6. I think it is so fascinating to watch as the things that help us grow over time also change over time. It sounds like you learned a lot of what you needed to learn from teaching and were ready for something else.

    Great post!

  7. YogaDawg says:

    Read with interest as I just recently got back to my art. My creative-life drain came from other circumstances but found it interesting that it led me to yoga, which led me to yoga satire which got the creative juices going enough to lead me back to my art. As I say in this post "Eight years ago I laid my brushes down and I vow never again. I declare once and for all, I am an ARTIST!" I know where you are coming from Joslyn and will visit you on your blog. Best.


  8. Paul says:

    Why so angry? I hope it doesn't reflect the vibe of the studio your name is linked to. Peace.

  9. anniegirl1138 says:

    Teaching is a calling and you hear it or not.

  10. annie says:

    I taught in public school for 20 years. Stepped away when I moved from the States to Canada and doubt I will teach English again, but I missed teaching. I didn't think I could translate what I did to yoga, but my instructor encouraged me to taking a training course and gave me classes at her studio to teach. It's different, but not. Teaching yoga has been like coming home to find someone has renovated the house in some ways but still quite familiar.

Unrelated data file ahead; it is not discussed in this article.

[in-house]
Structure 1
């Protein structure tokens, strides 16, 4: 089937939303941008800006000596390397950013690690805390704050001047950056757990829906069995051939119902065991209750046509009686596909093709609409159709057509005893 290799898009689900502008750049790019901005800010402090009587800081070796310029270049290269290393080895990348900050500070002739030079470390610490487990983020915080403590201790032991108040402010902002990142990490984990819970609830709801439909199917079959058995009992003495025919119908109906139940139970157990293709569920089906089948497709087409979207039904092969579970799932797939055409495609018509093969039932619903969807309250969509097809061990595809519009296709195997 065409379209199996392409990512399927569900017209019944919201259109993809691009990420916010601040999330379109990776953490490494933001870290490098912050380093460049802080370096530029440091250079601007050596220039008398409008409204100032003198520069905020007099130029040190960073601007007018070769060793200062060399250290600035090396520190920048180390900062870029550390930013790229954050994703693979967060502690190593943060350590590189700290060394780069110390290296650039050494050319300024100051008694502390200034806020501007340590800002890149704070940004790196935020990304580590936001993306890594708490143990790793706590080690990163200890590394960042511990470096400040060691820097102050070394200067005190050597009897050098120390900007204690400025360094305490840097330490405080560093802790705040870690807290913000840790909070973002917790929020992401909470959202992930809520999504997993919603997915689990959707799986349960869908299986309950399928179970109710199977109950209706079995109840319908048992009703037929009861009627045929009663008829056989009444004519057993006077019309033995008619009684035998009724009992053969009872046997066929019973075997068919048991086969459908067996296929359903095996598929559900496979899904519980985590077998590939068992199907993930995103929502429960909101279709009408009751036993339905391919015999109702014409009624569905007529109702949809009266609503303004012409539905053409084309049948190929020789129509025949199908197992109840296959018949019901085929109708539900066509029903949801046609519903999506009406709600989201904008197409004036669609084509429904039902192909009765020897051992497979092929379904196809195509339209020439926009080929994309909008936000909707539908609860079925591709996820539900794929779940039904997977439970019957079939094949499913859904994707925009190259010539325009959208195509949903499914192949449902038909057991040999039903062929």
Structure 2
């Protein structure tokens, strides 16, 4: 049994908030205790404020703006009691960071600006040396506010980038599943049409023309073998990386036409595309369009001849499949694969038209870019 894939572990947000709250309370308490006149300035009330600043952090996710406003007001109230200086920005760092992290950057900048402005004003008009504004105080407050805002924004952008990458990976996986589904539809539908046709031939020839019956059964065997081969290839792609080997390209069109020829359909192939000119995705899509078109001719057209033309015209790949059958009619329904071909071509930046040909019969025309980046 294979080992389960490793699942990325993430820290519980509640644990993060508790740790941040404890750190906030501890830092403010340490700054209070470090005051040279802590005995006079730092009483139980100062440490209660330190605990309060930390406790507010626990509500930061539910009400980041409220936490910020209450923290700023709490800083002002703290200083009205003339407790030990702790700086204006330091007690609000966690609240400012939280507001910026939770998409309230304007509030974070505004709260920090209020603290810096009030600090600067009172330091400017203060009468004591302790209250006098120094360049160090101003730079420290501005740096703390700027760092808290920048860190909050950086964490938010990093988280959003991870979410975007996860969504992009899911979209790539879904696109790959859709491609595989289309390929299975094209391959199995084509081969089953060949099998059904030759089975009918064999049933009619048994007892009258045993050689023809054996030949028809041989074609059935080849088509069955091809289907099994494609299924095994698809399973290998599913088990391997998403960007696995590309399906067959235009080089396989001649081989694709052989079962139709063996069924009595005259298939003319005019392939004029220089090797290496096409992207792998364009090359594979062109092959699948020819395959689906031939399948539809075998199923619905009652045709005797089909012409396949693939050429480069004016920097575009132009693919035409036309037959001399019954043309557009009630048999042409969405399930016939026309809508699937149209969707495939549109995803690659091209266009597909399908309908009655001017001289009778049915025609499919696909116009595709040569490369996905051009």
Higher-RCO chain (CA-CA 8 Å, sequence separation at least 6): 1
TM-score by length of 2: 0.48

We need breaks sometimes and we need to try our hand at many things before we know where "home" is for us.

  11. YogaDawg says:

    Enjoyed Joslyn. I just recently got back to my art. Found it interesting that my dry period led me to yoga,which led me to yoga satire which got the creative juices going enough to lead me back to my art. As I say in this post, "Eight years ago I laid my brushes down and I vow never again. I declare once and for all, I am an ARTIST!" I'll check out your blog as your post has a familiar ring to it. Best.

  12. Patti says:

    Yoga is not a fitness philosophy it is a science of the mind. Sadly this is not taught by those competitors trying to prove they are someone by gliding into Scorpian. The goal of yoga is self realization which you obviously got after 10 years of doing it when you realized you were a artist hiding as a yogi. I think for some being in a yoga class could release their inner artist if that is the intention or if it is the intention to sell another workshop entitled "THE ART OF BLANK". We are awakening to the crude selling techniques using an ancient science that has become their undoing.